This is Africa – An Overland Trek From Nairobi to Cape Town

Nothing can prepare you for Africa.
No blog, no book, no amount of perusing through National Geographic magazines.
It’s a jump in and sink or swim kind of game.

At least, that’s how I imagined it to be.

I’d been anticipating a trip through Africa for a year but was hesitant to begin the journey alone. I imagined long roads, dirty border patrol dealings and had no clue where to start in terms of accommodations or Big Five animal sightings.
Since beginning four months ago, I’ve had a lot of help along the way to stay afloat. From Madagascar to Mauritius to Ethiopia and Kenya, I’ve been swept along without a scare.
But thanks to an overland adventure on a lorry-sized truck the color of a school bus, the waters were about to get more smooth… if not more troubled.
As the journey comes to a close, I’ll be spending hours flipping through photos and scratching down reminders of the delicacies Africa’s waters have offered so they might be shared here.


Click an image and scroll through for a glimpse of Overland Africa:


I think back to the long hours we spent on the truck with rain beating down outside, forcing its way in through cracks and unseen gaps in the wood and windows and drenching us for two unforgiving days. I think of setting up our tents by the light of a dozen head torches and waking less than eight hours later to pack them back up and hit the ground running once more. I think of the bush toilet stops where we had to dodge sticky bushes and skip over snake tracks while the men stood in one fine line by the roadside, fully aware of how well they had it.

I think of the border patrol agents in Tanzania who took me aside for half an hour to tell me if I left the country I would not be able to enter again unless I included a side-trip back to my home country beforehand. I won that argument. The South African in front of me wasn’t so lucky and had to pay a fee which left him cussing all the way up the stairs to his awaiting plane.

I think of the time we spent waiting for water to boil in order to make enough noodles to feed twenty seven other hungry mouths and the patience we had to show preparing a single meal which fit dietary needs of vegetarians, gluten free, and raw-food free. I think of the time we were charged by a black rhino and the night hippos trotted between our tents. I think of the morning we were awoken to screams of a man just outside our campsite as a lion quietly impeded on his morning trek to work.

I think of the days we spent without showers, or worse – without wifi.

Clearly it would’ve have been easy to sink.



Click an image and scroll through for a glimpse of Overland Africa:


Oh, who am I kidding?

Seventy three days spent traveling from Kenya to South Africa were every bit as enjoyable as one can imagine. I almost wish it would have been more difficult. After all the swimming I’ve done in my life, I’m used to a struggle every now and again. Maybe the river I chose to wind through Africa was too easy a route.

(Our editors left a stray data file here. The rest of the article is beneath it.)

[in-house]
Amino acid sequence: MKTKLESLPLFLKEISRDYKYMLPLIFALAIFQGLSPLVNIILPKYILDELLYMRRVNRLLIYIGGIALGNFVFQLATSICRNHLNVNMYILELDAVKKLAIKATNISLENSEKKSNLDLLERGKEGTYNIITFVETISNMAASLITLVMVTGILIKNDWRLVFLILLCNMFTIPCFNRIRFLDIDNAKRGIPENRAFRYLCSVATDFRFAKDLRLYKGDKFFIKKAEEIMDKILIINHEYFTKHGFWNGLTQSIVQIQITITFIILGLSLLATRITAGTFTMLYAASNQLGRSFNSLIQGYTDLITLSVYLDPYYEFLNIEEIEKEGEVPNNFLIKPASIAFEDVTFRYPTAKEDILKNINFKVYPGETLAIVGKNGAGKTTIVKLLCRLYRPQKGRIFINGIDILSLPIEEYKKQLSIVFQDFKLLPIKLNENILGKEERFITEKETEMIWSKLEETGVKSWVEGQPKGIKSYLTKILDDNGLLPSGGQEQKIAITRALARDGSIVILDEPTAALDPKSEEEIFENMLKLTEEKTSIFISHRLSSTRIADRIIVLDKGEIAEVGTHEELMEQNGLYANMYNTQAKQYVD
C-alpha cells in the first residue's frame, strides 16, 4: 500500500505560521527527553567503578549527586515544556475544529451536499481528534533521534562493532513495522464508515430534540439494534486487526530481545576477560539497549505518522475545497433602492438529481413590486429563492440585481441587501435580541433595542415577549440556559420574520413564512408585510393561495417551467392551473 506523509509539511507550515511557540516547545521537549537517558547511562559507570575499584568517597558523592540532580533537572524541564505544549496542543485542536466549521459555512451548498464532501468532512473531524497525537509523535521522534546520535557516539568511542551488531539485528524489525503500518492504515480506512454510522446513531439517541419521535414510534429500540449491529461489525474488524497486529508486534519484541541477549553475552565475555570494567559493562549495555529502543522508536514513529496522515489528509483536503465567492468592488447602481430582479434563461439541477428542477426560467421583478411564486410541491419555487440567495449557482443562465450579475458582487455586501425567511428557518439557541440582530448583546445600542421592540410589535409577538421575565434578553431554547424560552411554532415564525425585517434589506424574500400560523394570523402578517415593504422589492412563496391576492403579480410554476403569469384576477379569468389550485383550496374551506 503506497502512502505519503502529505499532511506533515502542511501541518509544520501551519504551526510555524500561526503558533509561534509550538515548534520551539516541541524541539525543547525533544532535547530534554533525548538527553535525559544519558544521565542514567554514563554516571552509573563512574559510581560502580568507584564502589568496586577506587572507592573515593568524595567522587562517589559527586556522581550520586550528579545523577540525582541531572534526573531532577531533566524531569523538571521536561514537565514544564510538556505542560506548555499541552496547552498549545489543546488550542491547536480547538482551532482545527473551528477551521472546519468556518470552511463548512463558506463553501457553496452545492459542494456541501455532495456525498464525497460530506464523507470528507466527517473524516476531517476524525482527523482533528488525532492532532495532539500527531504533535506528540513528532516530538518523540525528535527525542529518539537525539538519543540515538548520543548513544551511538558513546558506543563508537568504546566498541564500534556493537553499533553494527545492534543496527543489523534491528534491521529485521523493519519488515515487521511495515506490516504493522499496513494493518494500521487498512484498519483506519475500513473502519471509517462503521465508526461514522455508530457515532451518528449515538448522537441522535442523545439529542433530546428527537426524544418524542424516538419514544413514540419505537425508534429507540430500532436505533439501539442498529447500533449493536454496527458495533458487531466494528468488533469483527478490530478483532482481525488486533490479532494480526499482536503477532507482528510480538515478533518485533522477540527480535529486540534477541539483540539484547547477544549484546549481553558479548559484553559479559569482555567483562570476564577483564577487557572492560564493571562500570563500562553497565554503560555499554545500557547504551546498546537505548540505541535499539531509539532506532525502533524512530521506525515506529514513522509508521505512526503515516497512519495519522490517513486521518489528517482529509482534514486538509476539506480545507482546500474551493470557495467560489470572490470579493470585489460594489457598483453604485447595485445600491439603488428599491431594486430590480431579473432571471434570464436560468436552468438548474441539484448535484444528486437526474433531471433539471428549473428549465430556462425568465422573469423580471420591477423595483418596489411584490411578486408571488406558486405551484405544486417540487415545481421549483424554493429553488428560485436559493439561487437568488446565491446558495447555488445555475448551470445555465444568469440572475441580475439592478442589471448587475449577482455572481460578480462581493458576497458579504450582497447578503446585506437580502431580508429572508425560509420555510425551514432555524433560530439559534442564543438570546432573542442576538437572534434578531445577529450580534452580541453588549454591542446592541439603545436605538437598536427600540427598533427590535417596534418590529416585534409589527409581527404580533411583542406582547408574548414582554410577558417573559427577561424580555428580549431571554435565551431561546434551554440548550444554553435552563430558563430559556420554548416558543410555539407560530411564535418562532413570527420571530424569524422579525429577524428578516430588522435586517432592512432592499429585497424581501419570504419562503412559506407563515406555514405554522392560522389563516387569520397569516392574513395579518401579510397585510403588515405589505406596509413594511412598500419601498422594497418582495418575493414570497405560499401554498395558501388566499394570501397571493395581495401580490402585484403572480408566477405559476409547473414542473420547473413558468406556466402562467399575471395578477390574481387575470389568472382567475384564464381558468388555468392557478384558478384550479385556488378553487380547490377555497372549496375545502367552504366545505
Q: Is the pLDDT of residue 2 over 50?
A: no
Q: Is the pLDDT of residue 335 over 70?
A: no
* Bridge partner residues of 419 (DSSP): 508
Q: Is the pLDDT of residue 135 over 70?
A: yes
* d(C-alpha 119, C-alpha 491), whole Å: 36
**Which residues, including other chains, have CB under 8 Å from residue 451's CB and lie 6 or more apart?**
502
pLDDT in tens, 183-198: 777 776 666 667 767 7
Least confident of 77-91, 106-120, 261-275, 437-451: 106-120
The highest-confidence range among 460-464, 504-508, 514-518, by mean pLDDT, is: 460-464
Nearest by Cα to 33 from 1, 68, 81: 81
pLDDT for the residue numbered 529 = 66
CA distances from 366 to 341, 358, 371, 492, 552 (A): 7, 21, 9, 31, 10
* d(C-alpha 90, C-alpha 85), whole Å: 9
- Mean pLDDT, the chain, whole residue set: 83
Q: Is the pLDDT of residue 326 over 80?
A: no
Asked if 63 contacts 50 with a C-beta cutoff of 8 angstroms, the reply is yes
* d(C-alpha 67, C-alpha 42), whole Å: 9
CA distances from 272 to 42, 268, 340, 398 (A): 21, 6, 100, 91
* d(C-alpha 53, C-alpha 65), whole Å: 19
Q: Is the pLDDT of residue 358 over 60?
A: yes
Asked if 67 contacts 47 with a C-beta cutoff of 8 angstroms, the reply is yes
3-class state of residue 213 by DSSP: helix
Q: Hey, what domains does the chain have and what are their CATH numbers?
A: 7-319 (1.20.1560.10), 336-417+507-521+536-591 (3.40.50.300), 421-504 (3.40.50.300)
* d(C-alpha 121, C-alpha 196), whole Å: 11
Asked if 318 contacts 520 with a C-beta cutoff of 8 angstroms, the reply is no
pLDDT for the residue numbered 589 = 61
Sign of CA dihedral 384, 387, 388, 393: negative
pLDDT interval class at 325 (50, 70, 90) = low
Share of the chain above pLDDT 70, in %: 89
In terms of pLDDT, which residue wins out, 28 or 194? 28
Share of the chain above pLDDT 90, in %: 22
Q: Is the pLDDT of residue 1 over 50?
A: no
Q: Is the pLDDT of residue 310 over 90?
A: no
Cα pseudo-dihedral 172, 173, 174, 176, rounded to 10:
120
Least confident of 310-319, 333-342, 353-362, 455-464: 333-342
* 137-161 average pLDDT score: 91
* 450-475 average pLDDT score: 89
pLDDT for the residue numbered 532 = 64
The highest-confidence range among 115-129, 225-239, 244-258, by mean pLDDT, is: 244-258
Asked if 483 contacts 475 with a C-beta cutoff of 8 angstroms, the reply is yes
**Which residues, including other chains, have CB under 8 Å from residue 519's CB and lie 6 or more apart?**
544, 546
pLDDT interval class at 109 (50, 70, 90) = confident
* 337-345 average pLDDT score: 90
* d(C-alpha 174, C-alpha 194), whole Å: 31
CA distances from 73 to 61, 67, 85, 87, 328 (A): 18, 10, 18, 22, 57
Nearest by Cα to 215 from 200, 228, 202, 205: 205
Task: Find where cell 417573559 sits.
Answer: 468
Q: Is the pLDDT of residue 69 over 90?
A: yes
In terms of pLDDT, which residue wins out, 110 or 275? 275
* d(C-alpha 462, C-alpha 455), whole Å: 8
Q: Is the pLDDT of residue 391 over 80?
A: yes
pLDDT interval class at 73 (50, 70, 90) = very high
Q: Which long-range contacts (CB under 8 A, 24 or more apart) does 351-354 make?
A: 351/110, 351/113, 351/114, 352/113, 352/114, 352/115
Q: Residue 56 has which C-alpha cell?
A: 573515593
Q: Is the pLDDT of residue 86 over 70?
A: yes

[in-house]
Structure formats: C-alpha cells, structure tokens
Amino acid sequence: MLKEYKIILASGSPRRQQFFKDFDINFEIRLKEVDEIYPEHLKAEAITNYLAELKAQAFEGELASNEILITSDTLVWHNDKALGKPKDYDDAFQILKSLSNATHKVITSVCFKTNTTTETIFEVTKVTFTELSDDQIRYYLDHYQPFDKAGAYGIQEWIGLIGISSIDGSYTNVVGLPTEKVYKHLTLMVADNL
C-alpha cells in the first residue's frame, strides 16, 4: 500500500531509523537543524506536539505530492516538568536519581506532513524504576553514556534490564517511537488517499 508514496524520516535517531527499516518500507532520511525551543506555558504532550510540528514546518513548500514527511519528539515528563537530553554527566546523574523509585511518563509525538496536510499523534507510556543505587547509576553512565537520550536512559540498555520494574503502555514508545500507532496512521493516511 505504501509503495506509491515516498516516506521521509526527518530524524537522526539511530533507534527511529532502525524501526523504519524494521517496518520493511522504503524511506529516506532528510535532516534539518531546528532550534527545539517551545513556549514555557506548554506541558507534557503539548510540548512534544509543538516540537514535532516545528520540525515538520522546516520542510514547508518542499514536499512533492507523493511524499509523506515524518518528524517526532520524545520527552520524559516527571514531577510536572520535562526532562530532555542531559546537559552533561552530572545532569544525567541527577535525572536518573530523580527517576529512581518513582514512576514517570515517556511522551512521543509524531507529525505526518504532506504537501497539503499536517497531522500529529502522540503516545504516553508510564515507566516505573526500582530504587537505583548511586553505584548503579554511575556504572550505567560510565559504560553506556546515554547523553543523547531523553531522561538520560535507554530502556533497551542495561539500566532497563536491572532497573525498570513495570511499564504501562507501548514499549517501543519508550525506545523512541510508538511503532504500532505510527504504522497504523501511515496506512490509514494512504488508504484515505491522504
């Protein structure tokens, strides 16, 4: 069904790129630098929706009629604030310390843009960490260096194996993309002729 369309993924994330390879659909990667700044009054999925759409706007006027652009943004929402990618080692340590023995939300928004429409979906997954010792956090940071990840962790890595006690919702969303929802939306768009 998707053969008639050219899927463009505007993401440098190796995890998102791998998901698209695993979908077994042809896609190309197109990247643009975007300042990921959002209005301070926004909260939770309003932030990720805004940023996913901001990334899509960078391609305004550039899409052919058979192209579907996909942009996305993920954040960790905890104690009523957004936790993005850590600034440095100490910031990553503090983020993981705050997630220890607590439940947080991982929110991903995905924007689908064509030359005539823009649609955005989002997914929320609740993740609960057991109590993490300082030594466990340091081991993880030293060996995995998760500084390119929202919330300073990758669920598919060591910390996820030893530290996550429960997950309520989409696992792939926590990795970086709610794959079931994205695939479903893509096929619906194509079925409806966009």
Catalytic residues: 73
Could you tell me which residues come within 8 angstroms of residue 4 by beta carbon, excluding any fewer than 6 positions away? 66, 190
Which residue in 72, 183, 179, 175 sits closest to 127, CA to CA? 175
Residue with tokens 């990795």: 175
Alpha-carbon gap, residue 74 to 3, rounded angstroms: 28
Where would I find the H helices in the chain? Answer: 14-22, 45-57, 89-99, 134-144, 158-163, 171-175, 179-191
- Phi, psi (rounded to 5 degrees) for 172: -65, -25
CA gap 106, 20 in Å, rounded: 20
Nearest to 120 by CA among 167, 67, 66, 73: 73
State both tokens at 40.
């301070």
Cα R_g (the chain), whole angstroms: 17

During the duration of the trip, over forty of us came together at different points in time to marvel at the wonders of this great continent’s Southern and Eastern countries. Converging and diverging as the truck made its way from city to city, we watched out the truck’s oversized fold-up windows as Kenya’s desert landscapes turned into lush mountains of Uganda and Rwanda. We pulled each other up slippery slopes to the forested homes of chimpanzees and Mountain Gorillas and shopped for vibrant fabrics in patterns depicting table fans and tubes of lipstick.  We jumped rope with children at an orphanage in Kenya and visited schoolchildren in Uganda just in time to sing songs before their lunch break. We cried at Rwanda’s Genocide Museum and educated each other by sharing books we’d collected on the topics at hand. We walked with lions and heard the stories of Bushmen in Zimbabwe. We frolicked with Cheetah and slept on warm boulders under the stars in Namibia. We danced in the rains of Victoria Falls and bungie jumped over roaring rivers between Zim and Zambia. We flew in five-passenger planes over giraffe and elephants of Botswana’s Okavango Delta, and jumped from planes over Namibia’s copper colored sand dunes. We bounced with the Masai in Tanzania, ate with locals in Malawi, and went fishing with expats in the Nile River. We spotted lions, cheetah, and leopards, secretly fed the oversized rat-like Hyrax, and laughed at the sophisticated look of Secretary Birds in The Serengeti and Ngorongoro Crater. We watched herds of zebra and wildebeest charge through Lake Nakuru in a fashion the Discovery Channel would be envious of having missed.


Click an image and scroll through for a glimpse of Overland Africa:



Nothing can prepare you for Africa. Not the jumping in, nor the floating, nor the infrequent splashy scrambles come with a guide book. These next few weeks I’ll be sharing what has happened as our big yellow truck brought our dynamic family through ten countries over ten weeks.

This is Africa. Here it comes!



Visiting the Masai Tribe - Tanzania - by Anika Mikkelson - Miss Maps -
Visiting the Masai Tribe – Tanzania – Photo by Derek Cullen –

One thought on “This is Africa – An Overland Trek From Nairobi to Cape Town

Leave a Reply

Fill in your details below or click an icon to log in: Logo

You are commenting using your account. Log Out /  Change )

Google photo

You are commenting using your Google account. Log Out /  Change )

Twitter picture

You are commenting using your Twitter account. Log Out /  Change )

Facebook photo

You are commenting using your Facebook account. Log Out /  Change )

Connecting to %s